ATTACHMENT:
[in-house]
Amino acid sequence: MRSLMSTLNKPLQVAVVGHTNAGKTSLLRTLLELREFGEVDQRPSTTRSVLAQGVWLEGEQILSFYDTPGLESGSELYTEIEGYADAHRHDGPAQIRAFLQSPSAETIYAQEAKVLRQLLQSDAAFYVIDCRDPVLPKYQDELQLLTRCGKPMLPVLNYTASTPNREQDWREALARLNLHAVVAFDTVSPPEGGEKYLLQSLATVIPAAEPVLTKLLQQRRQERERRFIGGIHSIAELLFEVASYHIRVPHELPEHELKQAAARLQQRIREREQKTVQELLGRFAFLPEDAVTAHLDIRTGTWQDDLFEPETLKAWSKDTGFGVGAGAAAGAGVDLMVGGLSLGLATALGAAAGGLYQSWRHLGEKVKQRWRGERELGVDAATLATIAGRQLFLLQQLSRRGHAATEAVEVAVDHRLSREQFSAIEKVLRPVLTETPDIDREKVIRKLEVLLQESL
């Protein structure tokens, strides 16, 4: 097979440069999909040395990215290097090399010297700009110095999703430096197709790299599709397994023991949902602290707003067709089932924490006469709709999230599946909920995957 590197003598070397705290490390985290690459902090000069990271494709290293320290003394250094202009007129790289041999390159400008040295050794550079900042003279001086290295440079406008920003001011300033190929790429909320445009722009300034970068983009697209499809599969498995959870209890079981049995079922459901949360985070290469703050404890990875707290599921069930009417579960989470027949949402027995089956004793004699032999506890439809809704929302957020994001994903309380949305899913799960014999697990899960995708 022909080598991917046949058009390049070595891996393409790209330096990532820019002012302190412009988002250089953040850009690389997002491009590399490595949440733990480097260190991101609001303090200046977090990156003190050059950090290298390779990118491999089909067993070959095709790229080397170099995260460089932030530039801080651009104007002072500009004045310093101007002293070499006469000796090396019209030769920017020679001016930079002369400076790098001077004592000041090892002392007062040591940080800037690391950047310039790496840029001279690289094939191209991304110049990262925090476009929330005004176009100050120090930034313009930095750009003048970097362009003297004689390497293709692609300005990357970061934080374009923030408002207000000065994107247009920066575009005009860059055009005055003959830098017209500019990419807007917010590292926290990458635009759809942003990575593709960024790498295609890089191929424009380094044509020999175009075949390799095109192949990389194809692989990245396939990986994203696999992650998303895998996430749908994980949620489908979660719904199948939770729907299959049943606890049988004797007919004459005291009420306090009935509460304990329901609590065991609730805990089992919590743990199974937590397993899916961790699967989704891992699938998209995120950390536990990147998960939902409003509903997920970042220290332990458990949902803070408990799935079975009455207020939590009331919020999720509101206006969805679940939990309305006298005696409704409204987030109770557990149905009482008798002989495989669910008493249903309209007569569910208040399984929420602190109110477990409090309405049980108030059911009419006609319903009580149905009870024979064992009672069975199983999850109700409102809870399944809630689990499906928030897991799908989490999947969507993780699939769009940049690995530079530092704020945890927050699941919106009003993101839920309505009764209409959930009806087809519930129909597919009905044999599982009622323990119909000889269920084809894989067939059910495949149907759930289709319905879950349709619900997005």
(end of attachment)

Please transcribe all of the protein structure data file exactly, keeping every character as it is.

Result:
[in-house]
Amino acid sequence: MRSLMSTLNKPLQVAVVGHTNAGKTSLLRTLLELREFGEVDQRPSTTRSVLAQGVWLEGEQILSFYDTPGLESGSELYTEIEGYADAHRHDGPAQIRAFLQSPSAETIYAQEAKVLRQLLQSDAAFYVIDCRDPVLPKYQDELQLLTRCGKPMLPVLNYTASTPNREQDWREALARLNLHAVVAFDTVSPPEGGEKYLLQSLATVIPAAEPVLTKLLQQRRQERERRFIGGIHSIAELLFEVASYHIRVPHELPEHELKQAAARLQQRIREREQKTVQELLGRFAFLPEDAVTAHLDIRTGTWQDDLFEPETLKAWSKDTGFGVGAGAAAGAGVDLMVGGLSLGLATALGAAAGGLYQSWRHLGEKVKQRWRGERELGVDAATLATIAGRQLFLLQQLSRRGHAATEAVEVAVDHRLSREQFSAIEKVLRPVLTETPDIDREKVIRKLEVLLQESL
């Protein structure tokens, strides 16, 4: 097979440069999909040395990215290097090399010297700009110095999703430096197709790299599709397994023991949902602290707003067709089932924490006469709709999230599946909920995957 590197003598070397705290490390985290690459902090000069990271494709290293320290003394250094202009007129790289041999390159400008040295050794550079900042003279001086290295440079406008920003001011300033190929790429909320445009722009300034970068983009697209499809599969498995959870209890079981049995079922459901949360985070290469703050404890990875707290599921069930009417579960989470027949949402027995089956004793004699032999506890439809809704929302957020994001994903309380949305899913799960014999697990899960995708 022909080598991917046949058009390049070595891996393409790209330096990532820019002012302190412009988002250089953040850009690389997002491009590399490595949440733990480097260190991101609001303090200046977090990156003190050059950090290298390779990118491999089909067993070959095709790229080397170099995260460089932030530039801080651009104007002072500009004045310093101007002293070499006469000796090396019209030769920017020679001016930079002369400076790098001077004592000041090892002392007062040591940080800037690391950047310039790496840029001279690289094939191209991304110049990262925090476009929330005004176009100050120090930034313009930095750009003048970097362009003297004689390497293709692609300005990357970061934080374009923030408002207000000065994107247009920066575009005009860059055009005055003959830098017209500019990419807007917010590292926290990458635009759809942003990575593709960024790498295609890089191929424009380094044509020999175009075949390799095109192949990389194809692989990245396939990986994203696999992650998303895998996430749908994980949620489908979660719904199948939770729907299959049943606890049988004797007919004459005291009420306090009935509460304990329901609590065991609730805990089992919590743990199974937590397993899916961790699967989704891992699938998209995120950390536990990147998960939902409003509903997920970042220290332990458990949902803070408990799935079975009455207020939590009331919020999720509101206006969805679940939990309305006298005696409704409204987030109770557990149905009482008798002989495989669910008493249903309209007569569910208040399984929420602190109110477990409090309405049980108030059911009419006609319903009580149905009870024979064992009672069975199983999850109700409102809870399944809630689990499906928030897991799908989490999947969507993780699939769009940049690995530079530092704020945890927050699941919106009003993101839920309505009764209409959930009806087809519930129909597919009905044999599982009622323990119909000889269920084809894989067939059910495949149907759930289709319905879950349709619900997005």